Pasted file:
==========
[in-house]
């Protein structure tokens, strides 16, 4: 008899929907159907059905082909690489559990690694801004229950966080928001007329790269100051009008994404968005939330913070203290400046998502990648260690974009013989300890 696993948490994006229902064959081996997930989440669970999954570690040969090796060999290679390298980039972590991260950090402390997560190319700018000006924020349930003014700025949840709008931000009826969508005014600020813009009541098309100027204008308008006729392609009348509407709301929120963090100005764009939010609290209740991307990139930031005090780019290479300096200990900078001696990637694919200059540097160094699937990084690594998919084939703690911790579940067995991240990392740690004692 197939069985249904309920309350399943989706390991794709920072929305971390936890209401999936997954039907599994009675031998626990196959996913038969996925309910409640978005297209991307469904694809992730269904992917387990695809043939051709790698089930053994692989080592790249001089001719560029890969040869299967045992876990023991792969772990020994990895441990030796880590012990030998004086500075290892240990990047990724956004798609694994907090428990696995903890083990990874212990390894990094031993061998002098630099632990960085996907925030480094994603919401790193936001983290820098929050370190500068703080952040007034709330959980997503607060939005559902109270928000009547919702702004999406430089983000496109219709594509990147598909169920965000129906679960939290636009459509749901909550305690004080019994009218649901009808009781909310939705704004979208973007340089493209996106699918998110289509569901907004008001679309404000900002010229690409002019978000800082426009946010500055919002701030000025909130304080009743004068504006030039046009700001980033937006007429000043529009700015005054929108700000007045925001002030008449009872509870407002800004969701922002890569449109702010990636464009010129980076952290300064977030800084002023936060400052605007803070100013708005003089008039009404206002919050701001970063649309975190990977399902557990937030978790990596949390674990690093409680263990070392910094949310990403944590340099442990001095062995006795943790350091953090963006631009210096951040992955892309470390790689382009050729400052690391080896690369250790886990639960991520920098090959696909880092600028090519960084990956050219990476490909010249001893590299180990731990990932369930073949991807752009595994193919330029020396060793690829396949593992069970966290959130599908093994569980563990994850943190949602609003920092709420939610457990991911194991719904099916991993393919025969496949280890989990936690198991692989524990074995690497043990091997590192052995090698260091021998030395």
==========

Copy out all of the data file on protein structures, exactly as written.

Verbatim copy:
[in-house]
């Protein structure tokens, strides 16, 4: 008899929907159907059905082909690489559990690694801004229950966080928001007329790269100051009008994404968005939330913070203290400046998502990648260690974009013989300890 696993948490994006229902064959081996997930989440669970999954570690040969090796060999290679390298980039972590991260950090402390997560190319700018000006924020349930003014700025949840709008931000009826969508005014600020813009009541098309100027204008308008006729392609009348509407709301929120963090100005764009939010609290209740991307990139930031005090780019290479300096200990900078001696990637694919200059540097160094699937990084690594998919084939703690911790579940067995991240990392740690004692 197939069985249904309920309350399943989706390991794709920072929305971390936890209401999936997954039907599994009675031998626990196959996913038969996925309910409640978005297209991307469904694809992730269904992917387990695809043939051709790698089930053994692989080592790249001089001719560029890969040869299967045992876990023991792969772990020994990895441990030796880590012990030998004086500075290892240990990047990724956004798609694994907090428990696995903890083990990874212990390894990094031993061998002098630099632990960085996907925030480094994603919401790193936001983290820098929050370190500068703080952040007034709330959980997503607060939005559902109270928000009547919702702004999406430089983000496109219709594509990147598909169920965000129906679960939290636009459509749901909550305690004080019994009218649901009808009781909310939705704004979208973007340089493209996106699918998110289509569901907004008001679309404000900002010229690409002019978000800082426009946010500055919002701030000025909130304080009743004068504006030039046009700001980033937006007429000043529009700015005054929108700000007045925001002030008449009872509870407002800004969701922002890569449109702010990636464009010129980076952290300064977030800084002023936060400052605007803070100013708005003089008039009404206002919050701001970063649309975190990977399902557990937030978790990596949390674990690093409680263990070392910094949310990403944590340099442990001095062995006795943790350091953090963006631009210096951040992955892309470390790689382009050729400052690391080896690369250790886990639960991520920098090959696909880092600028090519960084990956050219990476490909010249001893590299180990731990990932369930073949991807752009595994193919330029020396060793690829396949593992069970966290959130599908093994569980563990994850943190949602609003920092709420939610457990991911194991719904099916991993393919025969496949280890989990936690198991692989524990074995690497043990091997590192052995090698260091021998030395």